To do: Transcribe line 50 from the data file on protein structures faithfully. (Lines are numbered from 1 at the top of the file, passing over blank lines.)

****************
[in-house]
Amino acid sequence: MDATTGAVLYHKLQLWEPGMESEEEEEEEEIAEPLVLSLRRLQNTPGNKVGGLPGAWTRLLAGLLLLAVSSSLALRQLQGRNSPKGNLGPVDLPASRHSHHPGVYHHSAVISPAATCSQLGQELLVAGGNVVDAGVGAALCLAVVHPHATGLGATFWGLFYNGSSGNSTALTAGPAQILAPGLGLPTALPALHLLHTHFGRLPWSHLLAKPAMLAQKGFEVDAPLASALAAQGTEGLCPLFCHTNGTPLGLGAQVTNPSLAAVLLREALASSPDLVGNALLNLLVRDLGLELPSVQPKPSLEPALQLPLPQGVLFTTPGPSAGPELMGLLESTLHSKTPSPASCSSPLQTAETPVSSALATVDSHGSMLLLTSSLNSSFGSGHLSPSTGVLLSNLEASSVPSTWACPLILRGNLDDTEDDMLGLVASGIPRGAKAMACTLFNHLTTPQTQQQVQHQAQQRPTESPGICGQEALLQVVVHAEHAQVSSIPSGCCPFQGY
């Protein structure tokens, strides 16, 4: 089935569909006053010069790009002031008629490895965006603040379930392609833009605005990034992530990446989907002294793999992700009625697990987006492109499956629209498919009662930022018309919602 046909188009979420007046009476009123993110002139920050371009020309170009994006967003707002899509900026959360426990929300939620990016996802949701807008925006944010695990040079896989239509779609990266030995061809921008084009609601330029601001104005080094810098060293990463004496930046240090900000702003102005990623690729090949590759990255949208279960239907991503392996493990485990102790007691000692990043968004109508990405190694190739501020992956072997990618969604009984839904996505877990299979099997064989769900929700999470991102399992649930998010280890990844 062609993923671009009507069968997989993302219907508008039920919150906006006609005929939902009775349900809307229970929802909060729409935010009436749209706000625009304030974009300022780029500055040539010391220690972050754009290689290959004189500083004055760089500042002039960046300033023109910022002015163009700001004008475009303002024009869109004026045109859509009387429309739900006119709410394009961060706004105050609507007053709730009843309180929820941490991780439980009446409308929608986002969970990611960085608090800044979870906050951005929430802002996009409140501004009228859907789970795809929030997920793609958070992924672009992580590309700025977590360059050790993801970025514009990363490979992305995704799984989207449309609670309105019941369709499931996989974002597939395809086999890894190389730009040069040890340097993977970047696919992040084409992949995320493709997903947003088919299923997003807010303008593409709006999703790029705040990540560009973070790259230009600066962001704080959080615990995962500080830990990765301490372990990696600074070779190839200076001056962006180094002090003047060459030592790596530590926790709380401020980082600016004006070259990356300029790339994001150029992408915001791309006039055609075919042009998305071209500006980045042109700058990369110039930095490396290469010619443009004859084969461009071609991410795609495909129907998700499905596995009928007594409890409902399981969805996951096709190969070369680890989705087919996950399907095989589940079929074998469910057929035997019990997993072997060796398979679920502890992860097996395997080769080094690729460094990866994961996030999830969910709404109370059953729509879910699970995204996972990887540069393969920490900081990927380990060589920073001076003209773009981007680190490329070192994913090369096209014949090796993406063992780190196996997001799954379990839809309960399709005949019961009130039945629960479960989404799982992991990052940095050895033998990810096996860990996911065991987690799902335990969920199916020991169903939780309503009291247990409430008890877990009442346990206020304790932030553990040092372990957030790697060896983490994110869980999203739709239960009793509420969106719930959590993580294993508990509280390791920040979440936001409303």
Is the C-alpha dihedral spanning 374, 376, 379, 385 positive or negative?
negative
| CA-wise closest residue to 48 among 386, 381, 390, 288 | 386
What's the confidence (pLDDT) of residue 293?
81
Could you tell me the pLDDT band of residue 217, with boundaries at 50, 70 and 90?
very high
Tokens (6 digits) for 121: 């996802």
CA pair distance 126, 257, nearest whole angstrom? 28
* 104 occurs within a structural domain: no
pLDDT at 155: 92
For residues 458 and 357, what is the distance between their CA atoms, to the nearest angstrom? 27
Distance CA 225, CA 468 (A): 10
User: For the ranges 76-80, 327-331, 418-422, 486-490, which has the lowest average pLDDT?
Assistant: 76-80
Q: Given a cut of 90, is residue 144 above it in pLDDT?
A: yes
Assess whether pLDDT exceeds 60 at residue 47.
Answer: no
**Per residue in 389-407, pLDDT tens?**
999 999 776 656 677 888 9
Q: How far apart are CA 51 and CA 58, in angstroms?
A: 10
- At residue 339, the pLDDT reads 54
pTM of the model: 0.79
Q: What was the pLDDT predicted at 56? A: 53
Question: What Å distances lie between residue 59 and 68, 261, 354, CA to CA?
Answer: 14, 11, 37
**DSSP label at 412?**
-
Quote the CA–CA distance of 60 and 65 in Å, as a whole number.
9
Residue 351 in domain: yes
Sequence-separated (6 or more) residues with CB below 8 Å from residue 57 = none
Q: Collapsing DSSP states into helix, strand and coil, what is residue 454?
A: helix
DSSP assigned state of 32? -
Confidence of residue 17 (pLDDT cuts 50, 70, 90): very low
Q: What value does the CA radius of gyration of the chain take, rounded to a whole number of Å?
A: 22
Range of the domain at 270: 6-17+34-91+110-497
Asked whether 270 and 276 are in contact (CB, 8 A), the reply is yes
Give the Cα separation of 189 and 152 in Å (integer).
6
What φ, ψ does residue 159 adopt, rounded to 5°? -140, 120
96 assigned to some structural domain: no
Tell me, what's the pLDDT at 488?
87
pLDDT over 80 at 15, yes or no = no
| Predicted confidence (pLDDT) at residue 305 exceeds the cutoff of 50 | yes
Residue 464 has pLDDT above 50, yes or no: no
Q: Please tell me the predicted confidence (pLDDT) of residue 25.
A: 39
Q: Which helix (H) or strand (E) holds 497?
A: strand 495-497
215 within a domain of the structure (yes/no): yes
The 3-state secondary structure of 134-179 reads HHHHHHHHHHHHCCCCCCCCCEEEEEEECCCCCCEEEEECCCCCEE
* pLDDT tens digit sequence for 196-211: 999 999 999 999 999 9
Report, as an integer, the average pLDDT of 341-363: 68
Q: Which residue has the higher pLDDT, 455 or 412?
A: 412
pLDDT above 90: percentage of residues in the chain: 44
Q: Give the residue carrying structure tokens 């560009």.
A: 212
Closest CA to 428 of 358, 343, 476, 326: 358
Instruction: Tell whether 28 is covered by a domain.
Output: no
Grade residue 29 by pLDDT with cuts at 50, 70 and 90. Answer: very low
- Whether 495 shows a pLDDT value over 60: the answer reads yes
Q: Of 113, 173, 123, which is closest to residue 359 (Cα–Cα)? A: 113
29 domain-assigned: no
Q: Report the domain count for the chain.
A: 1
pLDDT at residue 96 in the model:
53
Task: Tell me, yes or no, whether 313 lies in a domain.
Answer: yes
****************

Tell me, what's the pLDDT at 488?